The Department of Justice is still scrutinizing T-Mobile's (NASDAQ: TMUS) proposed megamerger with Sprint (NYSE: S), after the two companies secured the blessing of the Federal Communications Commission. Antitrust regulators at the DOJ are reportedly unsatisfied with the concessions that T-Mobile and Sprint have offered thus far and are said to want the companies to facilitate the creation of a fourth national wireless carrier if allowed to merge (which undermines much of the deal's rationale in the first place).
The $26 billion deal just hit a major roadblock.
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Ten state attorneys general have just filed a multistate lawsuit seeking to block the proposed megamerger, even as the DOJ has yet to make its own final decision regarding the deal. The New York attorney general's office made the announcement, with New York, California, Colorado, Maryland, Michigan, Mississippi, Nevada, Virginia, Wisconsin, and the District of Columbia all joining forces in an effort to halt the transaction.
"When it comes to corporate power, bigger isn't always better," New York Attorney General Letitia James said in a statement. "The T-Mobile and Sprint merger would not only cause irreparable harm to mobile subscribers nationwide by cutting access to affordable, reliable wireless service for millions of Americans, but would particularly affect lower-income and minority communities here in New York and in urban areas across the country."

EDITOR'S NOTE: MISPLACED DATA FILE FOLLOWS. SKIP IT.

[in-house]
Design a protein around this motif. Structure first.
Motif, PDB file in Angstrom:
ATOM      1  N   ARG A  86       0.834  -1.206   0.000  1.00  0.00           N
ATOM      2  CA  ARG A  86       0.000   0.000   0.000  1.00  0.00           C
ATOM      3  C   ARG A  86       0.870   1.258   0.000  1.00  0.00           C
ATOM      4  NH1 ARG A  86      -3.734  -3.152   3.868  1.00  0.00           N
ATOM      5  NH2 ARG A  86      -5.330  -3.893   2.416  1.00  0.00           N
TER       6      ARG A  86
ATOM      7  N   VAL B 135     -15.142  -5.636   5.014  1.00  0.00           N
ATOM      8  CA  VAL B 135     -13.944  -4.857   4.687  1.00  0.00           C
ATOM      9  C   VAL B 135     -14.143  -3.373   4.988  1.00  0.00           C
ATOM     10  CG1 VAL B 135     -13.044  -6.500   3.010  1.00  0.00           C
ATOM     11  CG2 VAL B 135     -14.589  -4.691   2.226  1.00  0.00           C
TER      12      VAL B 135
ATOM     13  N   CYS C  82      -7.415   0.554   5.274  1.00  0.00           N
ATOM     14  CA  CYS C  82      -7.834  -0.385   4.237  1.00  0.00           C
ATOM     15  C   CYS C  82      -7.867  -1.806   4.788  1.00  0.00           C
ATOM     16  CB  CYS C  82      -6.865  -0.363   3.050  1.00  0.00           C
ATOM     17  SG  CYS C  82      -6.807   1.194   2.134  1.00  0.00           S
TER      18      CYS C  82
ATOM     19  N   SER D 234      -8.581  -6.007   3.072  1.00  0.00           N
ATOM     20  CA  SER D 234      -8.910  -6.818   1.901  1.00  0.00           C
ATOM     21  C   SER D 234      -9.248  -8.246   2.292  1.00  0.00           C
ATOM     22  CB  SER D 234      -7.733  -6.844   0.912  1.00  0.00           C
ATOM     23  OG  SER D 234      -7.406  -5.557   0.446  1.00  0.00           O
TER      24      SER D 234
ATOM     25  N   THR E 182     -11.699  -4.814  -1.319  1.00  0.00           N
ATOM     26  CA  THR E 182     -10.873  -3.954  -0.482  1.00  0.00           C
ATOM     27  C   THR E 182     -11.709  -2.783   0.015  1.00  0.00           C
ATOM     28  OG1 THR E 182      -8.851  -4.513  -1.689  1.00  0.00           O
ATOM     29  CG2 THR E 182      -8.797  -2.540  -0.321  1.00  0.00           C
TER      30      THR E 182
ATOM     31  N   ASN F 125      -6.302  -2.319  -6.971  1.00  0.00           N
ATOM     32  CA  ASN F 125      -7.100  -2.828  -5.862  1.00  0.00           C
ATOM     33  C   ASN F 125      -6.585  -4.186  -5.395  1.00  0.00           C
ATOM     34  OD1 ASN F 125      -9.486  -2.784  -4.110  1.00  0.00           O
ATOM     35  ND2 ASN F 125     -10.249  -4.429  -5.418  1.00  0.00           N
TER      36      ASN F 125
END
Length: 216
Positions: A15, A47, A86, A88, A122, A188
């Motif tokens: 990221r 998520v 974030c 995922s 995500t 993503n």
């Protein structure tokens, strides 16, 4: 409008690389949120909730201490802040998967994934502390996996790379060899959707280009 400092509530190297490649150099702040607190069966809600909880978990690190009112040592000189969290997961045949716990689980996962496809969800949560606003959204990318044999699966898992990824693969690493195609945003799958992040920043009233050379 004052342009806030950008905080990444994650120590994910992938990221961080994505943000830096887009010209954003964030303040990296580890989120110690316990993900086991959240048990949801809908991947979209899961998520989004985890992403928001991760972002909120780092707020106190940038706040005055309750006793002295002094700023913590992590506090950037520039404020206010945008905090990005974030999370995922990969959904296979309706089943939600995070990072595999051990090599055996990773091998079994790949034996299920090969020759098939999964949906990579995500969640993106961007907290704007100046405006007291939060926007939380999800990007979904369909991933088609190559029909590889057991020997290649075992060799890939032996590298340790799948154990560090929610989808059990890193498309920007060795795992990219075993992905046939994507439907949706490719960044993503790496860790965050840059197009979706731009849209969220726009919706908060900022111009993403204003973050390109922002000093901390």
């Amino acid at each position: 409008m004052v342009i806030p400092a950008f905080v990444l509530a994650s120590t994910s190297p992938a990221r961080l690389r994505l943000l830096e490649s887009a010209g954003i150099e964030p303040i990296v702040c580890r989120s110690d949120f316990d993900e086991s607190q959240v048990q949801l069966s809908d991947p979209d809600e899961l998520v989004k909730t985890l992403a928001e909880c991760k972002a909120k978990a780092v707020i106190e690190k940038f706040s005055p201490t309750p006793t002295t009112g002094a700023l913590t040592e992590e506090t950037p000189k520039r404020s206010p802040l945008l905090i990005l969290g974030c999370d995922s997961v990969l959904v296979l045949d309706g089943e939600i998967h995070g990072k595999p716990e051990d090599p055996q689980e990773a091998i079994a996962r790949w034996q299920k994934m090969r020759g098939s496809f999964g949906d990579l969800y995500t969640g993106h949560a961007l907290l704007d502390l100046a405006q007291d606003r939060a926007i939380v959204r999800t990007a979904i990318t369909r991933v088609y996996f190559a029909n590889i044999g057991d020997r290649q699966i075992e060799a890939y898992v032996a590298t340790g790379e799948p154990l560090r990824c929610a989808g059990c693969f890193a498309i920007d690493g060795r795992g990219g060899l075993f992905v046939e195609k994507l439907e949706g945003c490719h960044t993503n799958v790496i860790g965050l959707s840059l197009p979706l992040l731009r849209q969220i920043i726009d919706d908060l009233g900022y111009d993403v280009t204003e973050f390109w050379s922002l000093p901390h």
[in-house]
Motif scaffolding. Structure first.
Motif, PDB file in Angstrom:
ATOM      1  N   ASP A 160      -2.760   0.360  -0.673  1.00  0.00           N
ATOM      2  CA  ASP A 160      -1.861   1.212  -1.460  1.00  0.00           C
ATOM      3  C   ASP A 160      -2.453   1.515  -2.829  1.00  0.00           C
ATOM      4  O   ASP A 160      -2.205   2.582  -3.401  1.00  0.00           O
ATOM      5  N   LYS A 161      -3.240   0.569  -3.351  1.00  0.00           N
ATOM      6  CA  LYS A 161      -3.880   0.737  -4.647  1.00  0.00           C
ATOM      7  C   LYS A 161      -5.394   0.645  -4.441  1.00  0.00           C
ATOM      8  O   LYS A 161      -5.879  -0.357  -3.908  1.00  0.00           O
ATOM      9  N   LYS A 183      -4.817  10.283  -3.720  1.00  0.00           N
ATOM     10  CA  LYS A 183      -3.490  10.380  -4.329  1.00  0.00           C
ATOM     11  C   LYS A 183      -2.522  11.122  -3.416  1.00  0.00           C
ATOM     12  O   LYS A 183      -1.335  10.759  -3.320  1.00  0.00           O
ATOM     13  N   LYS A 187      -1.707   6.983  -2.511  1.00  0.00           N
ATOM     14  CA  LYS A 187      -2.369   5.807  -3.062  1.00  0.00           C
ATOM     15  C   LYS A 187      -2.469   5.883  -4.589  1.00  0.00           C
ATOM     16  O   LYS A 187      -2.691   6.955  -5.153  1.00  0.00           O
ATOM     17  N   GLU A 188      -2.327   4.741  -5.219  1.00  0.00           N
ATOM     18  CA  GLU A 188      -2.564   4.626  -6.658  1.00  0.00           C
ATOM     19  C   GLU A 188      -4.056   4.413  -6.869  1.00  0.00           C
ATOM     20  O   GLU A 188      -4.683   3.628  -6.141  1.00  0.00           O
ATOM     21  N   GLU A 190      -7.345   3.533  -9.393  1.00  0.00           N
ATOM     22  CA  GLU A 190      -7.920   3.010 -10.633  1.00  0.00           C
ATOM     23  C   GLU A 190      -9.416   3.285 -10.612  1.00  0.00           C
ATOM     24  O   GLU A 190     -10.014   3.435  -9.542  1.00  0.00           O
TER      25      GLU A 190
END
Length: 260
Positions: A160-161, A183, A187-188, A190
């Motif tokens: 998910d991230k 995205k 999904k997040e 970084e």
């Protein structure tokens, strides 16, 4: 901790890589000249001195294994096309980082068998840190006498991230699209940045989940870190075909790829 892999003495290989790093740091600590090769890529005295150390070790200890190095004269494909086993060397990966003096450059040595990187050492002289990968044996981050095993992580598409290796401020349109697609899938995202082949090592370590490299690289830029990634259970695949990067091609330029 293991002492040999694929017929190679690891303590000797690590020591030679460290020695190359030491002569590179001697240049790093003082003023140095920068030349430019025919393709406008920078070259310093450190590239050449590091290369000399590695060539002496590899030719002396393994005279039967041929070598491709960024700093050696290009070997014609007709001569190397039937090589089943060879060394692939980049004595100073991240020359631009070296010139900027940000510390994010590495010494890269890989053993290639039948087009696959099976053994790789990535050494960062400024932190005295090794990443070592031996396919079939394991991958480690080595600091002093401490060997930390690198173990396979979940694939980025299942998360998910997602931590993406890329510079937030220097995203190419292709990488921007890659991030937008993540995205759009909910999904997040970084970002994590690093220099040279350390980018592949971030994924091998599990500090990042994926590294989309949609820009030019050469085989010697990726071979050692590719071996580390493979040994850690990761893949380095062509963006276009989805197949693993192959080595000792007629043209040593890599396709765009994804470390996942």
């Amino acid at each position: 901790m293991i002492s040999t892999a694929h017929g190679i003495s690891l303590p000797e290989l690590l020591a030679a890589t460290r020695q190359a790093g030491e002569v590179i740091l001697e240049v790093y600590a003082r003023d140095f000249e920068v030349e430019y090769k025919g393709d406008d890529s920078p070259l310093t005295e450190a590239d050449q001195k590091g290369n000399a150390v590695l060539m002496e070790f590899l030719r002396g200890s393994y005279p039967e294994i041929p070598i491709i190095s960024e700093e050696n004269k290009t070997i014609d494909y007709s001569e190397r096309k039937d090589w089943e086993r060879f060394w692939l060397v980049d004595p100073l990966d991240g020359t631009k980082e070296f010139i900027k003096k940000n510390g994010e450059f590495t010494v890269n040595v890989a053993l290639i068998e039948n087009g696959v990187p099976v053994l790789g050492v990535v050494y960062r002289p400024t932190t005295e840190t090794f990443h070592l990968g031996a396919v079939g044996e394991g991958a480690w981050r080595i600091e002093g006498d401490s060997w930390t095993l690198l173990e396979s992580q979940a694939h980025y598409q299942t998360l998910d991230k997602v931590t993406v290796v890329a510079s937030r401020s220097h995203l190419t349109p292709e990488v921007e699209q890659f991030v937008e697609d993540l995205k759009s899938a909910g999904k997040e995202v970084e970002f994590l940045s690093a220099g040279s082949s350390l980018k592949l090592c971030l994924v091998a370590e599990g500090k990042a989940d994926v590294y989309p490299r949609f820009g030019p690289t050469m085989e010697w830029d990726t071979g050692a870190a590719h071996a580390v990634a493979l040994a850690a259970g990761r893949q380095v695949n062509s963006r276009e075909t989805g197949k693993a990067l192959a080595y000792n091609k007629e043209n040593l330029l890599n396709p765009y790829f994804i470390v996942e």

The biggest concern is the potential impact on consumer prices for wireless service, according to the press release. T-Mobile and Sprint have argued that combining will allow them to pose a greater competitive threat to larger carriers AT&T and Verizon, while reducing the number of national carriers from four to three would likely decrease competition. The attorneys general note that intense competition from T-Mobile and Sprint in recent years has resulted in declining prices, increased coverage, and better service quality.
"Direct competition between Sprint and T-Mobile has led to lower prices, higher quality service, and more features for consumers," the prosecutors write in the complaint. "If consummated, the merger will eliminate the competition between Sprint and T-Mobile and will increase the ability of the three remaining [mobile network operators] to coordinate on pricing."
The attorneys general also point out that the average U.S. household spends around $1,100 per year on wireless service, so low-income households would take any potential price increases the hardest.
In a letter to the FCC in February, T-Mobile CEO John Legere committed to not raising prices for three years following the merger's completion, but nothing would stop the combined company, New T-Mobile, from jacking up prices after that time frame.
Additionally, the attorneys general worry that carrier consolidation would result in job losses, particularly at the retail level, including third-party wireless dealers. The merger could also hurt retail wireless worker wages, according to the complaint. T-Mobile and Sprint have maintained that the deal would result in "thousands" of new jobs. "From the first day Sprint and T-Mobile combine and every year thereafter, the new company will employ more people in the U.S. than both companies would separately," the companies said when initially announcing the agreement.
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